In a recent post I wrote about “What happens in our brain when we are talking to someone?” and I used a TED post and TED talk from Uri Hasson as reference. This time, I would like to re-use it and put under the spotlight not only the communication between our brains but also the potential impact of mass media in our brains.
Broadly speaking, Uri’s findings support the idea that when we engage in a conversation and we are on the same page with the other person, then our brain rhythms become in sync and share similar brain activity patterns throughout the conversation (regardless of being the speaker or the listener). But this only happens with the requirement that we need to have the same “common ground” with the other person. To put it in other words, our ability to communicate relies on our ability to have common ground. But how does that happen and how we can relate this with the huge impact that mass media has in our brains and our lives?
Well, I’m sure you’ve experienced at some point in your life how people misunderstand something you’ve just said and/or understand the exact same story in very different ways. You just need to turn on the TV, watch TV series and shows or movies, or just talk to your friends or colleagues. You’ll find miss-communication everywhere. Human communication is not perfect after all. To understand what happens in such cases, Uri and colleagues conducted the following experiment that I’m going to quote:
“We used the J.D. Salinger story “Pretty Mouth and Green My Eyes,” in which a husband loses track of his wife in the middle of a party. The man ends up calling his best friend, asking, “Did you see my wife?” We told half of the participants in our study that the wife was having an affair with the best friend; with the other half, they said the wife was loyal and the husband was very jealous”.
What do they found?
“Interestingly, this one sentence that we told subjects before the story started was enough to make the brain responses of all the people who believed the wife was having an affair to be very similar in the same high-order areas that represent the narrative of the story and to be different from the group who thought her husband was unjustifiably jealous”.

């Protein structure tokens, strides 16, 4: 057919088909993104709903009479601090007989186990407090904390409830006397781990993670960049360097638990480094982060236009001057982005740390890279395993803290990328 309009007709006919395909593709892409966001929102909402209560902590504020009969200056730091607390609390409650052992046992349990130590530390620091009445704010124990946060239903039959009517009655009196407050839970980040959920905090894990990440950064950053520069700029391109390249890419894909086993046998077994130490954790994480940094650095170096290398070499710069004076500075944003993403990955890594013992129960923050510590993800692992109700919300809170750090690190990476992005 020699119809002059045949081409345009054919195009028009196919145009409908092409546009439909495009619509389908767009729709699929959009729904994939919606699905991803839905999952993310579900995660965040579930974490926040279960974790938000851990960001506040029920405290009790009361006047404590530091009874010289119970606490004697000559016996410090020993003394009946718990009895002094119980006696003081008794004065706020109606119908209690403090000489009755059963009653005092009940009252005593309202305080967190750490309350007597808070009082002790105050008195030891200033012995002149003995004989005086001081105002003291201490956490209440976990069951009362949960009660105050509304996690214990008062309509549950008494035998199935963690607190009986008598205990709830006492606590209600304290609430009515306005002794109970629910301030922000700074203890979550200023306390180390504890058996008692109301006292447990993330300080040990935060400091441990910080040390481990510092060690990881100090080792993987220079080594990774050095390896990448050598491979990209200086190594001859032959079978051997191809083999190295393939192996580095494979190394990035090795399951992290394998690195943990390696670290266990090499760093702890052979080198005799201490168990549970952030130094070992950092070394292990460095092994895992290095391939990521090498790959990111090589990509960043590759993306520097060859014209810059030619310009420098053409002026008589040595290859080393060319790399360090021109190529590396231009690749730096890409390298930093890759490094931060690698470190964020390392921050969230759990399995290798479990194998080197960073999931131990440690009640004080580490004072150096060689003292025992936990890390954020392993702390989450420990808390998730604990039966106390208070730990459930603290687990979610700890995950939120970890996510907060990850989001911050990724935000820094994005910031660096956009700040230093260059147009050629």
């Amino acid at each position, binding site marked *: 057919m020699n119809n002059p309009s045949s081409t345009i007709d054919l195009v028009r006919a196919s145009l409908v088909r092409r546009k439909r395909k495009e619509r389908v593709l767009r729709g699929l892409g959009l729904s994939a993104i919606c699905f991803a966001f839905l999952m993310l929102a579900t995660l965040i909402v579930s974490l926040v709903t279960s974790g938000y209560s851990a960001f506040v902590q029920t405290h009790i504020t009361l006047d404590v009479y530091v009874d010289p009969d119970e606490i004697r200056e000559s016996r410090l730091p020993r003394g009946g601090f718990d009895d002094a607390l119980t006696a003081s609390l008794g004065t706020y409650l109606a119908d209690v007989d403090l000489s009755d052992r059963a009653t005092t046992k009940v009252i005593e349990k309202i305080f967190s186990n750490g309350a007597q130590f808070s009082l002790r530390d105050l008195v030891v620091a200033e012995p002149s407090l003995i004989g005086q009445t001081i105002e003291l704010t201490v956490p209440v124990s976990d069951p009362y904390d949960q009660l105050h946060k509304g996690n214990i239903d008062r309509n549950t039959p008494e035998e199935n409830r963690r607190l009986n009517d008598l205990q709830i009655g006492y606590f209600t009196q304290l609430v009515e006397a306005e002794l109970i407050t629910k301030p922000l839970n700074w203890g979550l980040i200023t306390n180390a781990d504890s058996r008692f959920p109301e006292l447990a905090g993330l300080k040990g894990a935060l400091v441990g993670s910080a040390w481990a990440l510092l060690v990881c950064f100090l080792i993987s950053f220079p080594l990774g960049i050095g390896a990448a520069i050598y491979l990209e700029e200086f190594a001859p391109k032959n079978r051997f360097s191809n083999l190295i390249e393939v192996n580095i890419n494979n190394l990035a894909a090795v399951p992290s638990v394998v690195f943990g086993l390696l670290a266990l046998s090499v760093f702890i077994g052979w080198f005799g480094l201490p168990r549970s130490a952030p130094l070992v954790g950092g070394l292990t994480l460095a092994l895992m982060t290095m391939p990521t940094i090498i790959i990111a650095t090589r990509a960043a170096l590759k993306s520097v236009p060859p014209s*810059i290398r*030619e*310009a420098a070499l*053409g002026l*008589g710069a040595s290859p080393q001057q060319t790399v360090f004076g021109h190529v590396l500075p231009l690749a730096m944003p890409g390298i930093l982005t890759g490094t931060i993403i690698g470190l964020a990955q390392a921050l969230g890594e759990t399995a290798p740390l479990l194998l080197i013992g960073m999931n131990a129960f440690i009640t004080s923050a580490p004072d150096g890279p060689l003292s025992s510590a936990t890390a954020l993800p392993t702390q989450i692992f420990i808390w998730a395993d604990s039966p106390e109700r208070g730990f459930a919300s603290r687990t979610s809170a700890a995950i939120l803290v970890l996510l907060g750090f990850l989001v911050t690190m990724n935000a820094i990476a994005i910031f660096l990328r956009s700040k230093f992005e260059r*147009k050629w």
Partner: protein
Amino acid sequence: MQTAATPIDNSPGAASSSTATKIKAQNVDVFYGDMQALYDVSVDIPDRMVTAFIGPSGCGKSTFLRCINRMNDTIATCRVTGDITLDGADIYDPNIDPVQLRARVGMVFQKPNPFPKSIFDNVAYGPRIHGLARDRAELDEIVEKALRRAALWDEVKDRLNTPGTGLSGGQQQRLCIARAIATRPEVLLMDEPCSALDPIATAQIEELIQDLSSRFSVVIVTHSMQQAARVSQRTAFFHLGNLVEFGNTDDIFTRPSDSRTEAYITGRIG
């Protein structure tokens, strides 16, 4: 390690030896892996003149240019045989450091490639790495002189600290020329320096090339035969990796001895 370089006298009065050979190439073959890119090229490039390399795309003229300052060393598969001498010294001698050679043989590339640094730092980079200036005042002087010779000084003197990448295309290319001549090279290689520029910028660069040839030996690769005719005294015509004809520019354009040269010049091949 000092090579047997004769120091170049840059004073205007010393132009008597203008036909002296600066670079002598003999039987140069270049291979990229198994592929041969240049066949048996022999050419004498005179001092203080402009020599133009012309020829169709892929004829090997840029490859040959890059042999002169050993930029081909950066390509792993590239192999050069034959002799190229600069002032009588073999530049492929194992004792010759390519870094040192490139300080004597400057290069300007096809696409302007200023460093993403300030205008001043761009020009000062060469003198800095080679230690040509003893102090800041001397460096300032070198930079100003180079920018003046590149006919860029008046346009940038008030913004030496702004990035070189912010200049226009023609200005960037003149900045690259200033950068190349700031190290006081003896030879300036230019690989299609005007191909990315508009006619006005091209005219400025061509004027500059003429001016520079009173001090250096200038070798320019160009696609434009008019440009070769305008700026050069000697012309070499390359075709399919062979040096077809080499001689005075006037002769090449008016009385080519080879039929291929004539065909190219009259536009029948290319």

What are the implications of this finding?
“If one sentence was enough to make a person’s brain similar to people who had the same belief (in this case, the wife is unfaithful) and different from people who held a different belief the husband is paranoid), imagine how this effect might be amplified in real life. As our experiments show, good communication depends on speakers and listeners possessing common ground. Today, too many of us live in echo chambers where we’re exposed to the same perspective day after day. We should all be concerned as a society if we lose our common ground and lose the ability to communicate effectively and share our views with people who are different than us”.
On my personal account, I would like to emphasize here the potential impact that this finding might have beyond the lab, especially in the age of mass media that we live in. Suppose we all read different news sources and we don’t share our ideas with people who think different than us. Then we’ll lose our common ground and we’ll not be able to talk to each other. We don’t want that as a society. Or imagine everyone reading the same news and sources. In this case, we’ll end up thinking the same and yes, we’ll be able to communicate, but that is not either what we want.
From my perspective, the good way to go would be reading all kind of news sources with different perspectives and decide which one is more coherent and similar to what you think, and do not the same sources over and over. Also, we should dialogue more and more with people that think like us and even more with people that we have fewer things in common and think differently than us. I think this might be the key point to protect us from mass media, have our own criteria to think, try to come to a mutual understanding with people different than us, and be more effective in communicating to each other that may result to better coupling of our brains as a society.
What are your thoughts about it?
Feature image from Pexels – CC0.